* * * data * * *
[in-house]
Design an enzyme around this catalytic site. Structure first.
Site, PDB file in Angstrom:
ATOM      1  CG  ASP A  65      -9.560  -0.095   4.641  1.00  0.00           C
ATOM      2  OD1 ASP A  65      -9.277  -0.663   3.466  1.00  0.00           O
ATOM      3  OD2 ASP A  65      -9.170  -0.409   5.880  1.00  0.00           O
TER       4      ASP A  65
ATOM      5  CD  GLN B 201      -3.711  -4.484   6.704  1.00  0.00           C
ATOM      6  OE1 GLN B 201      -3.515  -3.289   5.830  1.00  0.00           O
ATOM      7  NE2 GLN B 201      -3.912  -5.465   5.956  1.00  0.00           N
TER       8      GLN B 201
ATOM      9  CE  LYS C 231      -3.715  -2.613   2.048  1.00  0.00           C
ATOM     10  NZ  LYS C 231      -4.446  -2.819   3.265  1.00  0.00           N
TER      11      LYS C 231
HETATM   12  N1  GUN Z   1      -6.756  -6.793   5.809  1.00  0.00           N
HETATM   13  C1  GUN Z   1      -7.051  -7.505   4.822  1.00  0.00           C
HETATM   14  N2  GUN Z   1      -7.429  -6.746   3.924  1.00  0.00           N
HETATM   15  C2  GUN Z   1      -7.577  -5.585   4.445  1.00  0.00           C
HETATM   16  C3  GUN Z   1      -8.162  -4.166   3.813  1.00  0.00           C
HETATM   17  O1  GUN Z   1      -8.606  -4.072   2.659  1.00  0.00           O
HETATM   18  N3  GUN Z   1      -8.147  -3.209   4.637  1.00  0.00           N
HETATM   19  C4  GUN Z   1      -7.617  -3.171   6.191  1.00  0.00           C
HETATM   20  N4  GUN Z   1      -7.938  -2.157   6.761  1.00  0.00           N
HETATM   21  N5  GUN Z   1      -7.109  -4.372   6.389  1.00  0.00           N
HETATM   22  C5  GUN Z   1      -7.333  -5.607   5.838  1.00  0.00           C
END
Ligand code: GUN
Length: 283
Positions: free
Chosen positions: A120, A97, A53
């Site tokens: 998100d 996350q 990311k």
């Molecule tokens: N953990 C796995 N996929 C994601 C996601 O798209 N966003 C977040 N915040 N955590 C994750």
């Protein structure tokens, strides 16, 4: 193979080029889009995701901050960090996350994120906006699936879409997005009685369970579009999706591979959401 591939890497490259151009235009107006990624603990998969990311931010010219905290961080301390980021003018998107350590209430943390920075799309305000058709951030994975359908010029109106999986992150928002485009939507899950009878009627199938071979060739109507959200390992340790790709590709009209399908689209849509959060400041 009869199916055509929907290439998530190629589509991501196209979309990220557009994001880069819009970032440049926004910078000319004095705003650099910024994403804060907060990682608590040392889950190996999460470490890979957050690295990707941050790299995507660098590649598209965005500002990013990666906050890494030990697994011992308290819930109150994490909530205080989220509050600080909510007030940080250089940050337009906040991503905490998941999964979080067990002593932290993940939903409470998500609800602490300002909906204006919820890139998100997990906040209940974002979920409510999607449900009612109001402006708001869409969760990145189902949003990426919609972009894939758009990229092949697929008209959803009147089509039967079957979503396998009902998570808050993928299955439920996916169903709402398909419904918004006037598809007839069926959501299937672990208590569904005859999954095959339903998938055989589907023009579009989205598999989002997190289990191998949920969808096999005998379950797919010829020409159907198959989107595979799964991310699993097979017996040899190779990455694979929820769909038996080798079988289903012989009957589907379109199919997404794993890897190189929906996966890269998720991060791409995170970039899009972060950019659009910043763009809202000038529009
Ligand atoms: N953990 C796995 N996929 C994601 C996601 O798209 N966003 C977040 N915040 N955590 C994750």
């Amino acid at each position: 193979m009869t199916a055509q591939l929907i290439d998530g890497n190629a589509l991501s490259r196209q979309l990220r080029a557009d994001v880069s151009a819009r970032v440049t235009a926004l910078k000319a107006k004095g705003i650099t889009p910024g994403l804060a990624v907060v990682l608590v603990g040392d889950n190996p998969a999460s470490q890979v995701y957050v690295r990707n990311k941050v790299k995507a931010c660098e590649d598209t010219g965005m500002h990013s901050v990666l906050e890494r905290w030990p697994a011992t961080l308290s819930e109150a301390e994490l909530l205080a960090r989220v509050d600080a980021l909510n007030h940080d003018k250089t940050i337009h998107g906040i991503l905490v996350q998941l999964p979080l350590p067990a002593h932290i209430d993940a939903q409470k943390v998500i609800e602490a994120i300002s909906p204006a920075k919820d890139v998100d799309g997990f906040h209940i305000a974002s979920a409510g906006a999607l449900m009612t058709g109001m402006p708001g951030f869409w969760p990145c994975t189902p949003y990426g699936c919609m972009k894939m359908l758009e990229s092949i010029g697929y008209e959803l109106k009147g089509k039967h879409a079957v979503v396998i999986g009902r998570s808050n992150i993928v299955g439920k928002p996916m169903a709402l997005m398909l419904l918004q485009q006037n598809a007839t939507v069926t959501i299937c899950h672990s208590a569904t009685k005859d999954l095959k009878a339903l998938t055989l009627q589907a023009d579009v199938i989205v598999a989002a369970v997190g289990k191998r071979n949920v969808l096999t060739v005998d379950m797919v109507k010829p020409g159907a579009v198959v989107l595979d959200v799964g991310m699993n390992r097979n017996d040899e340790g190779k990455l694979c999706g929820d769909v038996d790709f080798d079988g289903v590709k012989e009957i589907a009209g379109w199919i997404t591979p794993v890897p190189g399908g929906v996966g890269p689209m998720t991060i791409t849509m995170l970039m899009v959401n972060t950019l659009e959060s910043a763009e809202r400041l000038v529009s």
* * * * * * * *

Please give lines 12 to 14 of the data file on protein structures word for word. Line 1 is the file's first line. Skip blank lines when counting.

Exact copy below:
ATOM      9  CE  LYS C 231      -3.715  -2.613   2.048  1.00  0.00           C
ATOM     10  NZ  LYS C 231      -4.446  -2.819   3.265  1.00  0.00           N
TER      11      LYS C 231